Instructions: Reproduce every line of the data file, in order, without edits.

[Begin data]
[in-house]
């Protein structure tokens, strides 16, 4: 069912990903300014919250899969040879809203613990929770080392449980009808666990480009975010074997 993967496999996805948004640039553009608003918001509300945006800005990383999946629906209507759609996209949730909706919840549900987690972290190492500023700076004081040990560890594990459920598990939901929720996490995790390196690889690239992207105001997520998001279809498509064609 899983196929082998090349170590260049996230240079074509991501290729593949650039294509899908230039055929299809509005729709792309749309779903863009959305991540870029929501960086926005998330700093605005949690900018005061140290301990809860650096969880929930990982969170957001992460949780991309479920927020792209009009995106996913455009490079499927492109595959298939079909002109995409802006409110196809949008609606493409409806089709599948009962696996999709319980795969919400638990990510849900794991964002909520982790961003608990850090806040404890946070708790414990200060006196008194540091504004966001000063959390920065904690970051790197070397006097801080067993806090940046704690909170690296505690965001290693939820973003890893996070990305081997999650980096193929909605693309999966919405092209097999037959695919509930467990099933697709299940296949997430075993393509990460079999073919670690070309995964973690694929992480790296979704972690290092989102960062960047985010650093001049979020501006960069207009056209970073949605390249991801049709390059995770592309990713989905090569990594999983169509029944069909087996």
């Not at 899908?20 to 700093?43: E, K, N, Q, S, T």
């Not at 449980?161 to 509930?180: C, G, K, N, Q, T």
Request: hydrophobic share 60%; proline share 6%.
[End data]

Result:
[in-house]
């Protein structure tokens, strides 16, 4: 069912990903300014919250899969040879809203613990929770080392449980009808666990480009975010074997 993967496999996805948004640039553009608003918001509300945006800005990383999946629906209507759609996209949730909706919840549900987690972290190492500023700076004081040990560890594990459920598990939901929720996490995790390196690889690239992207105001997520998001279809498509064609 899983196929082998090349170590260049996230240079074509991501290729593949650039294509899908230039055929299809509005729709792309749309779903863009959305991540870029929501960086926005998330700093605005949690900018005061140290301990809860650096969880929930990982969170957001992460949780991309479920927020792209009009995106996913455009490079499927492109595959298939079909002109995409802006409110196809949008609606493409409806089709599948009962696996999709319980795969919400638990990510849900794991964002909520982790961003608990850090806040404890946070708790414990200060006196008194540091504004966001000063959390920065904690970051790197070397006097801080067993806090940046704690909170690296505690965001290693939820973003890893996070990305081997999650980096193929909605693309999966919405092209097999037959695919509930467990099933697709299940296949997430075993393509990460079999073919670690070309995964973690694929992480790296979704972690290092989102960062960047985010650093001049979020501006960069207009056209970073949605390249991801049709390059995770592309990713989905090569990594999983169509029944069909087996």
């Not at 899908?20 to 700093?43: E, K, N, Q, S, T």
């Not at 449980?161 to 509930?180: C, G, K, N, Q, T």
Request: hydrophobic share 60%; proline share 6%.